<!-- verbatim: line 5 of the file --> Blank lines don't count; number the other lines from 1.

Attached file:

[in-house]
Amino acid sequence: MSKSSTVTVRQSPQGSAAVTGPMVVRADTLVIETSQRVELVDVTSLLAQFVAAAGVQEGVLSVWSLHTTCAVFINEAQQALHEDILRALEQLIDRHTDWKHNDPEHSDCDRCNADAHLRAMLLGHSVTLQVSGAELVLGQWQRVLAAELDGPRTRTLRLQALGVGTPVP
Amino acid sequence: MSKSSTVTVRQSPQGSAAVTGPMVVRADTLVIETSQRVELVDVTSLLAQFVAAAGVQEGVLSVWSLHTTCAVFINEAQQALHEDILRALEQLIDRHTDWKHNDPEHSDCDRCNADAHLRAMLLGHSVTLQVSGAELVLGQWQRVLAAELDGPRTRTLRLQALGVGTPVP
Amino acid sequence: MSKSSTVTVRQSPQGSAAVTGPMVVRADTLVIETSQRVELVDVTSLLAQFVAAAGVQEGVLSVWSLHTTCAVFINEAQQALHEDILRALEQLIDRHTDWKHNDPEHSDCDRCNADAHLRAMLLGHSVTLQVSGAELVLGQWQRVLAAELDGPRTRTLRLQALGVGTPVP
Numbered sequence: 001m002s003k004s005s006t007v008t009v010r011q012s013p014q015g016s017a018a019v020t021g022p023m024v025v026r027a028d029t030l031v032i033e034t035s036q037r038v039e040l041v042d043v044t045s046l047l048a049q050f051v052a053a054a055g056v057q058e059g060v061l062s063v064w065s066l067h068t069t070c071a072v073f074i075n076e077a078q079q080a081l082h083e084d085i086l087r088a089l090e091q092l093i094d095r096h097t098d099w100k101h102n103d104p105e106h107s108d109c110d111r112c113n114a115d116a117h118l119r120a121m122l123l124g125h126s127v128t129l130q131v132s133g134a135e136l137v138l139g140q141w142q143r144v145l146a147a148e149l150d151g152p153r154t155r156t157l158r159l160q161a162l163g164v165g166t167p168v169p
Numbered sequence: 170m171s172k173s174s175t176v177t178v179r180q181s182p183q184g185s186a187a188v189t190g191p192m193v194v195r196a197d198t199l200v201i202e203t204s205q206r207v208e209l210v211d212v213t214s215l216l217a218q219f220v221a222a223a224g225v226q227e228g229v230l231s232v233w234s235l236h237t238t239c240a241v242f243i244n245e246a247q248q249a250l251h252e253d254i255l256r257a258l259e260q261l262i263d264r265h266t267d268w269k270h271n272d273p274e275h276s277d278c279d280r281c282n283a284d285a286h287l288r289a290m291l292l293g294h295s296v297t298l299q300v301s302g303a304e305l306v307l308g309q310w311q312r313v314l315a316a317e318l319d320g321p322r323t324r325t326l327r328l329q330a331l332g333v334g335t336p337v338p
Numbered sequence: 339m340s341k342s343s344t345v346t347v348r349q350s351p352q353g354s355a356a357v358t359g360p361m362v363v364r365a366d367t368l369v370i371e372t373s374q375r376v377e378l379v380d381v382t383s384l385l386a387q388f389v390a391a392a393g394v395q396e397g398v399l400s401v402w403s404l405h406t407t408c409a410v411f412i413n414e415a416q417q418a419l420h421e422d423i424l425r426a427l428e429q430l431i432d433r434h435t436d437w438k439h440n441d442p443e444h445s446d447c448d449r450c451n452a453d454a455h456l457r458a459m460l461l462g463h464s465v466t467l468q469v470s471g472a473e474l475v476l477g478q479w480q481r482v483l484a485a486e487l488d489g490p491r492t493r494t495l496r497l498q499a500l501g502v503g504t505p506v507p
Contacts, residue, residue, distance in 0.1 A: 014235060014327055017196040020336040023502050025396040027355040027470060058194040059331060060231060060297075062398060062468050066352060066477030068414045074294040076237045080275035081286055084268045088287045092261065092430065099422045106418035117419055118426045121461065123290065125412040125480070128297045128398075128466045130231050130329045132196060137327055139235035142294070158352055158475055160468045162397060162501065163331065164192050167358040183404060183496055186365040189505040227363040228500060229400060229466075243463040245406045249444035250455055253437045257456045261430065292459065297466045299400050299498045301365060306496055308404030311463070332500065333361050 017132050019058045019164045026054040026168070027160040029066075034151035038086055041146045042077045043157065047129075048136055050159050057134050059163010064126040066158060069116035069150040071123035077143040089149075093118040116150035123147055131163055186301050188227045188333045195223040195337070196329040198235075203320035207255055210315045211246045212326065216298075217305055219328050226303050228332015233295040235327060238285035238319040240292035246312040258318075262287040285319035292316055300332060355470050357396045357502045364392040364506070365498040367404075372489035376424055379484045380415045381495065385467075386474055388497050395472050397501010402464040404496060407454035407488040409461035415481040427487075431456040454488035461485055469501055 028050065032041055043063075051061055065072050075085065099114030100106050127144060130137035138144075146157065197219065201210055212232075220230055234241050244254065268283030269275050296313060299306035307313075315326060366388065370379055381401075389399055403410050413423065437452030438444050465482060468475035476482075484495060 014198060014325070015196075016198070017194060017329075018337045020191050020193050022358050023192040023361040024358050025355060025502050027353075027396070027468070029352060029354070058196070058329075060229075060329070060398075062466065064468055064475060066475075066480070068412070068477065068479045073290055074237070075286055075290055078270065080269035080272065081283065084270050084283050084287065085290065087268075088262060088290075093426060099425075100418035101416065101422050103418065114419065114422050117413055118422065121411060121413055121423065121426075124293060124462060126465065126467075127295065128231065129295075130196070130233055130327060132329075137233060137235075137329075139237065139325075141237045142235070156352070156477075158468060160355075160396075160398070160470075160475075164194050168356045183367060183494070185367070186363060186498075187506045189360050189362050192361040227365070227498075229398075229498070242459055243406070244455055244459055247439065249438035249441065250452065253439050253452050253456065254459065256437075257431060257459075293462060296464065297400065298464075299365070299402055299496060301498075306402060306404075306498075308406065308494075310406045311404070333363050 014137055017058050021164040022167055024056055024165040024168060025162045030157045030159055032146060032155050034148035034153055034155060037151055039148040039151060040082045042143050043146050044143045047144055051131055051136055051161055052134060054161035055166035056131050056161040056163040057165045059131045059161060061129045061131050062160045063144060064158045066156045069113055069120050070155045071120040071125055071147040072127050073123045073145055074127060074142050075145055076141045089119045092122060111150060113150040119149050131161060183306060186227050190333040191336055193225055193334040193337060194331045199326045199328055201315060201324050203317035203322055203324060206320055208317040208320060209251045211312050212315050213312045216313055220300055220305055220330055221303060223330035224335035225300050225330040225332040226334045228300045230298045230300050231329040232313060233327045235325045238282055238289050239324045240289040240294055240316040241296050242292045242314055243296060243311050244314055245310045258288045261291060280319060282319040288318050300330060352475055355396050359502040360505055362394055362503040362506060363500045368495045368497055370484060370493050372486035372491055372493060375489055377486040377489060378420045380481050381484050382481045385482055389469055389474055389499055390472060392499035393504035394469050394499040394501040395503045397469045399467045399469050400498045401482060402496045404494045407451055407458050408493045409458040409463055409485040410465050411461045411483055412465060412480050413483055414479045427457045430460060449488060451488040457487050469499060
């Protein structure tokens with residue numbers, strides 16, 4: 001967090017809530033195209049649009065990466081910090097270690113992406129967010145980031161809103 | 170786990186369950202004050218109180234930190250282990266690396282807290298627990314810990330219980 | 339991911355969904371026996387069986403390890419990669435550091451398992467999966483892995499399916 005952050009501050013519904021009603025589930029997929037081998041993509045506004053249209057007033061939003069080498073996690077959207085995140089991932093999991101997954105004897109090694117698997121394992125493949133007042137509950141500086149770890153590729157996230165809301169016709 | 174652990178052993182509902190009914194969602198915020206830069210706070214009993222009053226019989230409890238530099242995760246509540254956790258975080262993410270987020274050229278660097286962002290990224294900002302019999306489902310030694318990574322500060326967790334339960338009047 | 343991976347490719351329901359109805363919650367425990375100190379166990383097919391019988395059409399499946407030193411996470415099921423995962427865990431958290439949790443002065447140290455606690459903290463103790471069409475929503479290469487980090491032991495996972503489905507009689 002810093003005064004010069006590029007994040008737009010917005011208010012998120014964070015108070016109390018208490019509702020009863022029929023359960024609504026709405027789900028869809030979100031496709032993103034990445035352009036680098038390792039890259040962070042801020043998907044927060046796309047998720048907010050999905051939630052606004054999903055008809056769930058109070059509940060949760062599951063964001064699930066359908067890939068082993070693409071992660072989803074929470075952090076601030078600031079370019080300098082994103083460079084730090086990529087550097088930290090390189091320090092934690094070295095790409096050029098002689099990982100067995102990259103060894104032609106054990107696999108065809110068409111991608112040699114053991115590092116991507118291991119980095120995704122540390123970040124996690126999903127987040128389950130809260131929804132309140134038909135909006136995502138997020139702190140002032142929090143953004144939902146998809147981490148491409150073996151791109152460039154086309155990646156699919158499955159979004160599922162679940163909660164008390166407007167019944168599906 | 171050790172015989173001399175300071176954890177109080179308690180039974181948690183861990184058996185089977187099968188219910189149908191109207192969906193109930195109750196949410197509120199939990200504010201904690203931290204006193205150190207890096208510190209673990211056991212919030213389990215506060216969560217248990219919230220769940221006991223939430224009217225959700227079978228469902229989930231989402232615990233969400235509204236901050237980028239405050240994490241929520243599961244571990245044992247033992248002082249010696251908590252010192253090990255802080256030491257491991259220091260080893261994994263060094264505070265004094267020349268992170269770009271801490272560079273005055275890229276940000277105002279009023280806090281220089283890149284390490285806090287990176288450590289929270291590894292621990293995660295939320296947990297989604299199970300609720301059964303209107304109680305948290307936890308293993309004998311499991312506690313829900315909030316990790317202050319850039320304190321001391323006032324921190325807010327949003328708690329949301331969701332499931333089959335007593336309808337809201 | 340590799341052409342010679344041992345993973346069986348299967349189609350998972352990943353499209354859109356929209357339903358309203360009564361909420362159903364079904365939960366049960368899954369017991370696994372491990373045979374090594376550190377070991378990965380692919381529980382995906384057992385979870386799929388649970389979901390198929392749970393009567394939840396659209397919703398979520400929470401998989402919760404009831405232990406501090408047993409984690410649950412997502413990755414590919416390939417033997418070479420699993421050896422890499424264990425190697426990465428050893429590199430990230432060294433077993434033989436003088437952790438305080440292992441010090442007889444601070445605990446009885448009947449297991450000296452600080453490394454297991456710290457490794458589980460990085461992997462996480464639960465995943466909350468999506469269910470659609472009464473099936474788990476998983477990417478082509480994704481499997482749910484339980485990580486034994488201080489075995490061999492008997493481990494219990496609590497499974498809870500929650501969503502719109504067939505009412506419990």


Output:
Numbered sequence: 001m002s003k004s005s006t007v008t009v010r011q012s013p014q015g016s017a018a019v020t021g022p023m024v025v026r027a028d029t030l031v032i033e034t035s036q037r038v039e040l041v042d043v044t045s046l047l048a049q050f051v052a053a054a055g056v057q058e059g060v061l062s063v064w065s066l067h068t069t070c071a072v073f074i075n076e077a078q079q080a081l082h083e084d085i086l087r088a089l090e091q092l093i094d095r096h097t098d099w100k101h102n103d104p105e106h107s108d109c110d111r112c113n114a115d116a117h118l119r120a121m122l123l124g125h126s127v128t129l130q131v132s133g134a135e136l137v138l139g140q141w142q143r144v145l146a147a148e149l150d151g152p153r154t155r156t157l158r159l160q161a162l163g164v165g166t167p168v169p